Rules of Durak Card Game

Translated from French by Steve ThorsTen (2019)

It is Sunday and boredom is threatening to slowly turn the day into a drag. Your only way out seems to be a deck of cards, and yet – the games you know how to play are almost as unwelcoming as is boredom itself.

Thankfully, we have the chance to introduce you to the incredible game and rules of Durak. Originating in Russia, Durak remains one of the more popular – although not necessarily the most popular – games in in the country.

Surprisingly unknown in other countries, this is a game that combines quite a few elements, including a strategical and amusement aspect. Plus, the game doesn't take long and it can be played with a standard deck of playing cards, like those used in various types of poker.


Before you even start, have a go at a standard 54-card deck. Now, you have to remove all cards with pip value between 2 and 5, including the Joker cards. In the game of Durak, the order, regardless of the suit, is as follows: 6,7,8,9,10, Jack, Queen, King, and Ace. A trump card beats any card regardless of its color and pip value.

The goal of the game is very simple – be the first player not to have any cards left in their hand. As soon as a player discards their last card, the opponent loses and becomes a Durak.

Set Up

Each player is dealt a hand of six cards in total. After the dealing is done, a single card is produced next to the deck with the face up. This card will serve for the purposes of assigning a trump card suit. So, if a Jack of Spades end up face up, then all Clubs cards are trumps, and become the strongest assets in the game.

The card is also part of the common deck and it's the last card in it. The game ends as explained before – when a player discards all cards in his possession. When the game starts, the player whose turn it is is also the player to launch the first attack.

Game Time

The game takes many turns and each turn is played out as an “attack.” Over the course of the entire game, you will see multiple attacks taking place. Here are the phases:

1st phase:

  • The attacking player must have a card in their hand

  • If a player wants to counter a card, they need to produce a stronger card. So, if a player puts a 6 of Hearts, in order to stop the player, a defender would need to place a higher-value card or use a trump card instead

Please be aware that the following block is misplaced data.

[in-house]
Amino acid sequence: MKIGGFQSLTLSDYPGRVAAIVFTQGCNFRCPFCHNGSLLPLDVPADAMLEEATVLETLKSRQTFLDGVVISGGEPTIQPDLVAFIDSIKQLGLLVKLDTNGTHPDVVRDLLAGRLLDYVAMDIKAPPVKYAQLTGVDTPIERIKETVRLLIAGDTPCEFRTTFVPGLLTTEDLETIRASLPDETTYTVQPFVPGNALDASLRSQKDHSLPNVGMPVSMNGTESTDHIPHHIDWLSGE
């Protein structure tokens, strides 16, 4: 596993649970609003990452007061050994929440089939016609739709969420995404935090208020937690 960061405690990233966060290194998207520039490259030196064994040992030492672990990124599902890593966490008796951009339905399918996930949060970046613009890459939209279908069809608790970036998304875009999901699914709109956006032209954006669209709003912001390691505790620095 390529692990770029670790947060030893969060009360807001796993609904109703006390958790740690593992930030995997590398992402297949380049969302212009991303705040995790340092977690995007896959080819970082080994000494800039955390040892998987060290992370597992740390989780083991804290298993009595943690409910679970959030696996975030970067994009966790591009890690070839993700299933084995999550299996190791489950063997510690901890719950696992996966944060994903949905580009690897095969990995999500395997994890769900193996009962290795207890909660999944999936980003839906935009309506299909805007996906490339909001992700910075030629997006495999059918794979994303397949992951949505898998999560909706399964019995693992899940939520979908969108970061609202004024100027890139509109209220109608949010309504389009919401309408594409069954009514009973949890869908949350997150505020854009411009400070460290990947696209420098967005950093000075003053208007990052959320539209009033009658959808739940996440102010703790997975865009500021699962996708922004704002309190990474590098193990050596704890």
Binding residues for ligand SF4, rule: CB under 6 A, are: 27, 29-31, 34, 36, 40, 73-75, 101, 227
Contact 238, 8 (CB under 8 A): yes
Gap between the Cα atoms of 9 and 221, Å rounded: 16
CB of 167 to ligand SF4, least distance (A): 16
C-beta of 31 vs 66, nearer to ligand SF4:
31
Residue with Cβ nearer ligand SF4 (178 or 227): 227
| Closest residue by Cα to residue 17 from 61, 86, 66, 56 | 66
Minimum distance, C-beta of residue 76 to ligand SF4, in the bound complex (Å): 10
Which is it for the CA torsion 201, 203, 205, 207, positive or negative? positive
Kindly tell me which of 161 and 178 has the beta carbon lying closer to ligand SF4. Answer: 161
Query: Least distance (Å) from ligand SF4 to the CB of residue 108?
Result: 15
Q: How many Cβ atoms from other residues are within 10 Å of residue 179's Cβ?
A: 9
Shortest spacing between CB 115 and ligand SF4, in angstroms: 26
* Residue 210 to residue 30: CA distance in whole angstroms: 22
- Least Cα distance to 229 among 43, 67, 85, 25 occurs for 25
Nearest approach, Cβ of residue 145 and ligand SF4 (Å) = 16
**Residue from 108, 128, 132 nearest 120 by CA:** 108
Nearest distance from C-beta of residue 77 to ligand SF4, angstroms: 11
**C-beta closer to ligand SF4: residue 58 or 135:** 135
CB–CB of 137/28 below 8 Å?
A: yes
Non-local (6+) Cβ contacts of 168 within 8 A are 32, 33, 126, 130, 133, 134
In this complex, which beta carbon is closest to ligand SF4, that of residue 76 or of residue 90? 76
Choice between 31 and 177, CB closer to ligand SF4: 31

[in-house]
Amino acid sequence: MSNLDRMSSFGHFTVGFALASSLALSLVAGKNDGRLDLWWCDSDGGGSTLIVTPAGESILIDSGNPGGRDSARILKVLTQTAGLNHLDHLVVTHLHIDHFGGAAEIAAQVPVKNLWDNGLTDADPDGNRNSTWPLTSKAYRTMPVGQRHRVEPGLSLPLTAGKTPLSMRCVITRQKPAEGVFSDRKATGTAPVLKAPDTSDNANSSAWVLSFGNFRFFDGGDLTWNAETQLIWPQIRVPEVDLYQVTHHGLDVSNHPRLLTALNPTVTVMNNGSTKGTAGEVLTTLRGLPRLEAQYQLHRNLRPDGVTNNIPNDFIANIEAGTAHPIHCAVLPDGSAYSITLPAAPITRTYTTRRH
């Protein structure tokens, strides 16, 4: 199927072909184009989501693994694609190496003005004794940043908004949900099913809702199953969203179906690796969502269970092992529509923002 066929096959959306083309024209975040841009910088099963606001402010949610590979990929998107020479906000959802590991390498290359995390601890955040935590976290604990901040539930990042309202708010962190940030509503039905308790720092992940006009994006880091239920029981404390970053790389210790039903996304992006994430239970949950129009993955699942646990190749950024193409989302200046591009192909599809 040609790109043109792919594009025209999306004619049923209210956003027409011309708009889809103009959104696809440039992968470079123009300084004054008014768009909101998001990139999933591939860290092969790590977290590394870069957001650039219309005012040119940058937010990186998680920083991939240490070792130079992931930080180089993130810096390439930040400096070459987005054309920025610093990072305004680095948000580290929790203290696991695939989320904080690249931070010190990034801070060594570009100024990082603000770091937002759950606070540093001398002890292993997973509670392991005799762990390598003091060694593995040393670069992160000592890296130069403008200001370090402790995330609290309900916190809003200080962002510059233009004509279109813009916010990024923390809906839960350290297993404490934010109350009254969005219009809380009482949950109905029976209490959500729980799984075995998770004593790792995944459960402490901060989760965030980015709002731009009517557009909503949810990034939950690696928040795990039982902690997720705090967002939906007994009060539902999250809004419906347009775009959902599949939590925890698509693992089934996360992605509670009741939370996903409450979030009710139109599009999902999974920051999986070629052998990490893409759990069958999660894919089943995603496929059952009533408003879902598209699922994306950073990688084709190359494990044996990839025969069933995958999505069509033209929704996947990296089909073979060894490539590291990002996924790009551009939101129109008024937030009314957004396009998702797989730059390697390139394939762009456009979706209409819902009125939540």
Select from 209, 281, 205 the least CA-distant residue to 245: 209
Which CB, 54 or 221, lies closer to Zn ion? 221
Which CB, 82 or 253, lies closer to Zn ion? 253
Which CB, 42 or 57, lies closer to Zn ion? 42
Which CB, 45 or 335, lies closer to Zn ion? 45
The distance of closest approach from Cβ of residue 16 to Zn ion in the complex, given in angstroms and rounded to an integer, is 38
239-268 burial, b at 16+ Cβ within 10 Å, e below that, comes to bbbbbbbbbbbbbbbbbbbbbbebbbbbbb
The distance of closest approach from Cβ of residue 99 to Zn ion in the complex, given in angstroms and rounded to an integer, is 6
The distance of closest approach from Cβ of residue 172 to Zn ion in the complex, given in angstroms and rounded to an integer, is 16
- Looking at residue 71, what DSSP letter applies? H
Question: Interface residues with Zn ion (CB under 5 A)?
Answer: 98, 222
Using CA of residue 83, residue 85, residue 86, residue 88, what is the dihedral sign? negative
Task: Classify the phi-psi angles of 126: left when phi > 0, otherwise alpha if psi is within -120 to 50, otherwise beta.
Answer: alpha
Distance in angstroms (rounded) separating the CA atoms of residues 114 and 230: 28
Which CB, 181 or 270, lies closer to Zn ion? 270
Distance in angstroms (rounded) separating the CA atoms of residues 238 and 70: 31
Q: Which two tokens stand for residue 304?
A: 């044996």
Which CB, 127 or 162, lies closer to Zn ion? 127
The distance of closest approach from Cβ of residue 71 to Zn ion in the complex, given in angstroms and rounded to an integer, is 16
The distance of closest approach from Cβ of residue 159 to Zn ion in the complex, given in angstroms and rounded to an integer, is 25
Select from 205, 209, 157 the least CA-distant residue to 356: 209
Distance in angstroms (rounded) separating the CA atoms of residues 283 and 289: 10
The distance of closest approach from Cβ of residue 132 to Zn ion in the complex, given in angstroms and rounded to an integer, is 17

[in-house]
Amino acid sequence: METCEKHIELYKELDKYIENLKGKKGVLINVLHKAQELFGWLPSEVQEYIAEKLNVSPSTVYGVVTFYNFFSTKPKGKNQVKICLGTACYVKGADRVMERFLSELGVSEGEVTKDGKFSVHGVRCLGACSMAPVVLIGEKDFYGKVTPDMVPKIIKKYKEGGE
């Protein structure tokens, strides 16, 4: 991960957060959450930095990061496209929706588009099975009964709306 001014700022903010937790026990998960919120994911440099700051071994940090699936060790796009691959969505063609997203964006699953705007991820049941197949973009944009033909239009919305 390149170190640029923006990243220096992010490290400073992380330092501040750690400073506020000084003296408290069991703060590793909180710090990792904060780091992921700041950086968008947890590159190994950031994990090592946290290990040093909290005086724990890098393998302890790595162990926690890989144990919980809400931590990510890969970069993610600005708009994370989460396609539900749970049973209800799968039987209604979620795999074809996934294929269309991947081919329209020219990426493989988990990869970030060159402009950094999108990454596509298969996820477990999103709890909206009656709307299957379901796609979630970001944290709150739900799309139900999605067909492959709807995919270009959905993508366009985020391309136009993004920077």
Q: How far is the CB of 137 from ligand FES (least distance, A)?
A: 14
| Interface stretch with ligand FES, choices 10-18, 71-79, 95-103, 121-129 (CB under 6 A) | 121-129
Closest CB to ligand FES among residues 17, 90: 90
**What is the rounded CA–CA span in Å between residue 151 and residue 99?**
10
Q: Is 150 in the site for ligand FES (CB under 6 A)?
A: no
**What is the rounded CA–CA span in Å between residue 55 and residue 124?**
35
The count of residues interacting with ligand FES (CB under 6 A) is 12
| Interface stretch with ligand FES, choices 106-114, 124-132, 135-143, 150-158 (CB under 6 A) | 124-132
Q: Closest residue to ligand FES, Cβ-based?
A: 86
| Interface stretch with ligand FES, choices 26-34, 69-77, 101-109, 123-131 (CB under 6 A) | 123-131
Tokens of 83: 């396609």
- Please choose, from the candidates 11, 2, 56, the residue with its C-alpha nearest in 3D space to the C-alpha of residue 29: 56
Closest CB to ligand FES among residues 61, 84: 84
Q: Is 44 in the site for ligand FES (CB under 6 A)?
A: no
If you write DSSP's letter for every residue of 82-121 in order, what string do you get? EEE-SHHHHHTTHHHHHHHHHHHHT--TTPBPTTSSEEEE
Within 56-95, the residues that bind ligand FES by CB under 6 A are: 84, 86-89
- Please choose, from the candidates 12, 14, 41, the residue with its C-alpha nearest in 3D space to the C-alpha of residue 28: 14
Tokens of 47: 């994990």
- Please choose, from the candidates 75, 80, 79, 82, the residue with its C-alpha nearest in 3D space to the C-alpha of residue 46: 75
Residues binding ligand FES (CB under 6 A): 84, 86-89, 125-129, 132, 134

• When and if a defender manages to fend off an attack, a new phase of the game begins

2nd phase:

  • An attack may only continue – as in the 2nd phase – only in the instances when the attacking player is placing a card of the same value as a card that has already been played. So, if you had a 6 and a 9 played in the 1st phase, the 2nd phase must either open with a 6 or a 9.

A turn ends in one of two ways:

  • If a defender cannot prevent an attacker from defeating him in the round, the defender will collect all cards that were just played in the turn and add them to his or her hand

  • Should the defender beat the attack, then the cards will go to the discard pile and the “end of turn” will take place.

End of game

The game continues with players continuing to play and adding a card each turn they attack. When an attacker completes a turn – they need to draw one card from the pile so that they have six cards again. If a player is already holding six cards, then they shouldn't draw any additional cards. There are additional conditions, such as:

  • If an attacker succeeds in his attack, they remain the attacker on the next turn

  • If a defender stops all attacks, that player becomes the attacker next turn


When there is only a single-value card used in a turn, the defendant can launch a counter-attack. To do so, the defender must place a same-value card against the attacker, and it is in this act that the defender now becomes the attacking party. The original attacker is now in a position of defending themselves. You can continue counter-attacking so long as you have same value cards.

Let's give an example. A player opens an attack with an 8 of Spades, but is countered by an 8 of Diamonds. Then, the player responds by adding an 8 of Clubs, and now the last player is missing the last available suit, that is an 8 of Hearts, which means he's left defending against three cards!

Specifics for the Beginning of Each Round

At the beginning of each turn, an attacker may play with multiple cards at the same time, provided that they are of the same value, i.e. three jacks, for example. At this point, the defender will need to respond and defend themselves against all three cards. As to the rest of the turn, the game continues as normal.

Another interesting condition is that even if you play with a single card, let's say a 7 of Hearts, should your attack succeed, you can give the opponent any other same-value cards you are holding. That is, if you have other 7's in your hand, you can hand them over to the player should your attack succeeds.

Who Goes First?

At the beginning of the game, all players announce the lowest-value trump card they currently hold. The player with the weakest trump card will have the first turn. If no player has a trump card, they announce the weakest value-card they have, and the player with the weakest goes first.


  • In the first phase of each turn, a player is obligated to attack. However,they don't have to follow up – i.e. pose additional cards if they don't want to.

  • A defender is never forced to defend him or her. Instead, they can simply accept the cards that are being given.

  • At the end of each turn, all players must draw a card so long as they don't end up exceeding the six-card hand limit.

Adapted from the original source

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